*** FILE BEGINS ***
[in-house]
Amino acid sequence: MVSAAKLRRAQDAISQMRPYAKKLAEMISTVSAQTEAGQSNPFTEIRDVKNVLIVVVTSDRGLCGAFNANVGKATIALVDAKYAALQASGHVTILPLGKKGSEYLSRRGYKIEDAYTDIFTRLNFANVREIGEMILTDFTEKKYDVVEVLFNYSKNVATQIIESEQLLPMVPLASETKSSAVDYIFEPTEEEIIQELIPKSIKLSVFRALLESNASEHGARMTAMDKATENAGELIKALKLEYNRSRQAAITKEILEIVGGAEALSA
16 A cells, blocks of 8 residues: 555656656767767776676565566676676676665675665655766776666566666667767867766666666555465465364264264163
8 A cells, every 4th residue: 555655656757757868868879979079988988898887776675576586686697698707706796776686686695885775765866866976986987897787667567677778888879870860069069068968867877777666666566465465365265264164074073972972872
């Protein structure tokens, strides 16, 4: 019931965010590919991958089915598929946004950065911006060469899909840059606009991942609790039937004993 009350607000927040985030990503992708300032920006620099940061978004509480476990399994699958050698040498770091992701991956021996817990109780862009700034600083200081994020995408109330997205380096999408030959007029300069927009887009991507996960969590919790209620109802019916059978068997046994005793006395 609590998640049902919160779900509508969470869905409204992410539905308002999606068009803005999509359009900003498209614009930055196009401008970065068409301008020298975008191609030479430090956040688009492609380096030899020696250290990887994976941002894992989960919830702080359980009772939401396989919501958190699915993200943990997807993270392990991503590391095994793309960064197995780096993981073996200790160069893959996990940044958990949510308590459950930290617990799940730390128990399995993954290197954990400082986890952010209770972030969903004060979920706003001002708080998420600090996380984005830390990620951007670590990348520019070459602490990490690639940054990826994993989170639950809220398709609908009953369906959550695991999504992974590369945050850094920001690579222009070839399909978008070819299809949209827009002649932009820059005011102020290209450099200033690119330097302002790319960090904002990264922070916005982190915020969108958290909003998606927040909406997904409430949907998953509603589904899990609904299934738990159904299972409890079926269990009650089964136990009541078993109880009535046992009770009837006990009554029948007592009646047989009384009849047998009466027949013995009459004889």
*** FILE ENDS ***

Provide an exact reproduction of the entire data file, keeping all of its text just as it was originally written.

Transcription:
[in-house]
Amino acid sequence: MVSAAKLRRAQDAISQMRPYAKKLAEMISTVSAQTEAGQSNPFTEIRDVKNVLIVVVTSDRGLCGAFNANVGKATIALVDAKYAALQASGHVTILPLGKKGSEYLSRRGYKIEDAYTDIFTRLNFANVREIGEMILTDFTEKKYDVVEVLFNYSKNVATQIIESEQLLPMVPLASETKSSAVDYIFEPTEEEIIQELIPKSIKLSVFRALLESNASEHGARMTAMDKATENAGELIKALKLEYNRSRQAAITKEILEIVGGAEALSA
16 A cells, blocks of 8 residues: 555656656767767776676565566676676676665675665655766776666566666667767867766666666555465465364264264163
8 A cells, every 4th residue: 555655656757757868868879979079988988898887776675576586686697698707706796776686686695885775765866866976986987897787667567677778888879870860069069068968867877777666666566465465365265264164074073972972872
């Protein structure tokens, strides 16, 4: 019931965010590919991958089915598929946004950065911006060469899909840059606009991942609790039937004993 009350607000927040985030990503992708300032920006620099940061978004509480476990399994699958050698040498770091992701991956021996817990109780862009700034600083200081994020995408109330997205380096999408030959007029300069927009887009991507996960969590919790209620109802019916059978068997046994005793006395 609590998640049902919160779900509508969470869905409204992410539905308002999606068009803005999509359009900003498209614009930055196009401008970065068409301008020298975008191609030479430090956040688009492609380096030899020696250290990887994976941002894992989960919830702080359980009772939401396989919501958190699915993200943990997807993270392990991503590391095994793309960064197995780096993981073996200790160069893959996990940044958990949510308590459950930290617990799940730390128990399995993954290197954990400082986890952010209770972030969903004060979920706003001002708080998420600090996380984005830390990620951007670590990348520019070459602490990490690639940054990826994993989170639950809220398709609908009953369906959550695991999504992974590369945050850094920001690579222009070839399909978008070819299809949209827009002649932009820059005011102020290209450099200033690119330097302002790319960090904002990264922070916005982190915020969108958290909003998606927040909406997904409430949907998953509603589904899990609904299934738990159904299972409890079926269990009650089964136990009541078993109880009535046992009770009837006990009554029948007592009646047989009384009849047998009466027949013995009459004889």